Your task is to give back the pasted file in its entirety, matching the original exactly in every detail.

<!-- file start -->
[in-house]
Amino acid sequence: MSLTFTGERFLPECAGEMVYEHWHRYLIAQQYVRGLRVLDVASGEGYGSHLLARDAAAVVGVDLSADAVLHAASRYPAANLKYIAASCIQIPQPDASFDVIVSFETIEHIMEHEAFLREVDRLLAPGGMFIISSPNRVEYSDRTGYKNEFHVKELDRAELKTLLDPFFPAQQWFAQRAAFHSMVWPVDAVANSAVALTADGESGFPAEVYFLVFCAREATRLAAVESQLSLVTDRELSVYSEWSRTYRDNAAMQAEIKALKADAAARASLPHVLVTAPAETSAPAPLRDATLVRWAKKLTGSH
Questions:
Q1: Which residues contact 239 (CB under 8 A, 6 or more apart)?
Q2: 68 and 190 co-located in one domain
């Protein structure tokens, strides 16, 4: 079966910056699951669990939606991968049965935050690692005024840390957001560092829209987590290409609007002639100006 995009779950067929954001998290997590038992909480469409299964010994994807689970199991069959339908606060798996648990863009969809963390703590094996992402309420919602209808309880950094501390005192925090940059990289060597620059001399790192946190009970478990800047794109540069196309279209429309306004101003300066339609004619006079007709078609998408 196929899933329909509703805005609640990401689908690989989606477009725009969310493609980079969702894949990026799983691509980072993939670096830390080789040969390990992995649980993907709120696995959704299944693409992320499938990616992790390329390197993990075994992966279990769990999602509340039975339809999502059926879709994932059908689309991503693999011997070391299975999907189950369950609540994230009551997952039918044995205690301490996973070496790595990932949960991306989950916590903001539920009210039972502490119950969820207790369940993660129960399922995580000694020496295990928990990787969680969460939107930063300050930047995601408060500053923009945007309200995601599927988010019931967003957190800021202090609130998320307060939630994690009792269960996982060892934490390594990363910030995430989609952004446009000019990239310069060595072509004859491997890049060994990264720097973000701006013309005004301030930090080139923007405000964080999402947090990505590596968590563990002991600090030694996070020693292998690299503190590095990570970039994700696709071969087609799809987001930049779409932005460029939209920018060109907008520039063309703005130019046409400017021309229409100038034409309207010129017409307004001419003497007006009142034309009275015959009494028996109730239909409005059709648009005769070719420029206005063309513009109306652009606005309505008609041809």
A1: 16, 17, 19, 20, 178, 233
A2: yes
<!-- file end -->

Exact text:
[in-house]
Amino acid sequence: MSLTFTGERFLPECAGEMVYEHWHRYLIAQQYVRGLRVLDVASGEGYGSHLLARDAAAVVGVDLSADAVLHAASRYPAANLKYIAASCIQIPQPDASFDVIVSFETIEHIMEHEAFLREVDRLLAPGGMFIISSPNRVEYSDRTGYKNEFHVKELDRAELKTLLDPFFPAQQWFAQRAAFHSMVWPVDAVANSAVALTADGESGFPAEVYFLVFCAREATRLAAVESQLSLVTDRELSVYSEWSRTYRDNAAMQAEIKALKADAAARASLPHVLVTAPAETSAPAPLRDATLVRWAKKLTGSH
Questions:
Q1: Which residues contact 239 (CB under 8 A, 6 or more apart)?
Q2: 68 and 190 co-located in one domain
């Protein structure tokens, strides 16, 4: 079966910056699951669990939606991968049965935050690692005024840390957001560092829209987590290409609007002639100006 995009779950067929954001998290997590038992909480469409299964010994994807689970199991069959339908606060798996648990863009969809963390703590094996992402309420919602209808309880950094501390005192925090940059990289060597620059001399790192946190009970478990800047794109540069196309279209429309306004101003300066339609004619006079007709078609998408 196929899933329909509703805005609640990401689908690989989606477009725009969310493609980079969702894949990026799983691509980072993939670096830390080789040969390990992995649980993907709120696995959704299944693409992320499938990616992790390329390197993990075994992966279990769990999602509340039975339809999502059926879709994932059908689309991503693999011997070391299975999907189950369950609540994230009551997952039918044995205690301490996973070496790595990932949960991306989950916590903001539920009210039972502490119950969820207790369940993660129960399922995580000694020496295990928990990787969680969460939107930063300050930047995601408060500053923009945007309200995601599927988010019931967003957190800021202090609130998320307060939630994690009792269960996982060892934490390594990363910030995430989609952004446009000019990239310069060595072509004859491997890049060994990264720097973000701006013309005004301030930090080139923007405000964080999402947090990505590596968590563990002991600090030694996070020693292998690299503190590095990570970039994700696709071969087609799809987001930049779409932005460029939209920018060109907008520039063309703005130019046409400017021309229409100038034409309207010129017409307004001419003497007006009142034309009275015959009494028996109730239909409005059709648009005769070719420029206005063309513009109306652009606005309505008609041809």
A1: 16, 17, 19, 20, 178, 233
A2: yes